A value of 2 requires a genetic examination (FISH) to be connected to clarify the appropriateness of trastuzumab therapy. This does not mean, however, that trastuzumab therapy is fully recommended for all patients with HER2/neu overexpression; other factors such as the extent of the disease or existing secondary diseases play an important role (for example, unrestricted pumping function of the heart is a prerequisite for the use of trastuzumab), so that a decision on trastuzumab therapy should always be based on an individual assessment by a specialist. Trastuzumab is administered as an infusion.

The first infusion takes about 90 minutes and all others about 30 minutes. The infusions are given either weekly or every 3 weeks. As a rule, antibody therapy is not seen as an alternative to chemotherapy, but rather as a supplement: In this case, surgical removal of the tumour is followed by chemotherapy and then, at intervals of about 3 months, antibody therapy.

The antibody Bevacizumab (Avastin®) exists for the treatment of advanced breast cancer. The antibody inhibits the effect of VEGF, a growth factor for the formation of new blood vessels in tumours, and thus practically “starves” the tumour. It is used in advanced breast cancer patients to inhibit the growth of metastases in combination with the chemotherapeutic agent paclitaxel.

Cetuximab, pertuzumab and denosumab are also currently in the final phase of clinical testing and could be included in the treatment regimens for breast cancer in the coming years. The antibodies atezolizumab and nivolumab represent a new and promising option for the treatment of lung cancer. The antibodies bind to a specific surface molecule of lung cancer cells and thereby mark these cells for degradation by the body’s own defence cells.

It should be noted that antibody therapy with acetolizumab or nivolumab is not suitable for all cases of lung cancer: So far, the indication (area of application) has been limited to advanced and/or metastatic non-small cell lung cancer (NSCLC), i.e. to late stages of a certain type of lung cancer. Both antibodies are administered by infusion. The term lymphoma covers a huge spectrum of different malignant diseases of the lymphatic system and just as many different therapeutic strategies.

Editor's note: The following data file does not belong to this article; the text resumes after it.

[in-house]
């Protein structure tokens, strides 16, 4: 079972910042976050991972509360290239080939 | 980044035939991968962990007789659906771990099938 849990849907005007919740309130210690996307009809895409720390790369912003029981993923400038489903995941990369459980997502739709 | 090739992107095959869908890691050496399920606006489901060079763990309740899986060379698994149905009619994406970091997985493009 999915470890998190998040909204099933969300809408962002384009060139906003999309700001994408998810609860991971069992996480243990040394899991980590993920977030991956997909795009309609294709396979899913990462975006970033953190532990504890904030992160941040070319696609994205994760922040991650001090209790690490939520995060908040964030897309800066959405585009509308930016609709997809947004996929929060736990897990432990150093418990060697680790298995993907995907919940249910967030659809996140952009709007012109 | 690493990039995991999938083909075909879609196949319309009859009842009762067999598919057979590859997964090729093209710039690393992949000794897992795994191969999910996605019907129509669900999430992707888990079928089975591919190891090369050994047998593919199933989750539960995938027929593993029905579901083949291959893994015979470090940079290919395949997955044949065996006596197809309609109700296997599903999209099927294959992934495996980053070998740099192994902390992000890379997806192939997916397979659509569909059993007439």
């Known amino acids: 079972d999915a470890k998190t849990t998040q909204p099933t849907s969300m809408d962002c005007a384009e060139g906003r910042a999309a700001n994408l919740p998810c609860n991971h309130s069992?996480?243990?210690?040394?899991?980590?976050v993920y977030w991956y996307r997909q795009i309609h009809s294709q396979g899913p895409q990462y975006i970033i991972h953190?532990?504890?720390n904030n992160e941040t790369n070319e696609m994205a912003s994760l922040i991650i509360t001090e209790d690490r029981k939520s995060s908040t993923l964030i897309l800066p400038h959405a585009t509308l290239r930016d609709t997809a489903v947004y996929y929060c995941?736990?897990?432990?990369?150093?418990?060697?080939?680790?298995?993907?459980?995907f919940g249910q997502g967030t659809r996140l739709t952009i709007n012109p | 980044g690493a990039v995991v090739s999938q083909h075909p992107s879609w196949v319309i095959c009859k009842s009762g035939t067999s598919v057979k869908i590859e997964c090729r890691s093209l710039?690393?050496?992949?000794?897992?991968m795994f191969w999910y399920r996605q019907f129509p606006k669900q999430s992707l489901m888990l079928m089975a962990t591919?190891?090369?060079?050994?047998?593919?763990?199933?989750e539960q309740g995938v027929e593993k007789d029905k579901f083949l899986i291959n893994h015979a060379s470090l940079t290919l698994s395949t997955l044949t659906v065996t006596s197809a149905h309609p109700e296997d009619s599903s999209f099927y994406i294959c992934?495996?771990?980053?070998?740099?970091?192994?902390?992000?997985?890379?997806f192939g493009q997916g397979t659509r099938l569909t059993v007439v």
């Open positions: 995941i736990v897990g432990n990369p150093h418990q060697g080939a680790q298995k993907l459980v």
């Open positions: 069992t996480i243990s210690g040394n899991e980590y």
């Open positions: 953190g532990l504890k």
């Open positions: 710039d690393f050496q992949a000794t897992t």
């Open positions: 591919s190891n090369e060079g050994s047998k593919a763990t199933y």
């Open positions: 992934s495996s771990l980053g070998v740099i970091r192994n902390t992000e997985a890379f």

Currently, there are three antibodies that are approved for the treatment of some types of lymphoma in the category of non-Hodgkin’s lymphomas: Rituximab, Obinutuzumab and Ofatumumab. All three antibodies exert their effect by docking to the CD20 molecule on the surface of lymphoma cells, marking the cells for degradation by defence cells. Rituximab is used for the treatment of follicular lymphomas and diffuse large B-cell lymphomas.

It is used either alone or in combination with chemotherapy in the R-CHOP regimen (where R stands for rituximab and CHOP for the first letters of the chemotherapeutic agents used). Obinutuzumab and Ofatumumab are used in chronic lymphatic leukemia, which is also a subtype of non-Hodgkin’s lymphoma, and in follicular lymphoma. A prerequisite for antibody therapy with one of the antibodies is not only the assignment of the lymphoma to one of the two classes mentioned, but also the biotechnological detection of the CD20 molecule on the cells of the tumor.

For this purpose, a tissue sample (biopsy) must be taken. In advanced colorectal cancer, an intravenous (i.e. administered by infusion) antibody therapy with cetuximab or panitumumab may be considered. Both substances block the binding site of the growth factor EGF on the surface of the cancer cells and thus stop tumour growth.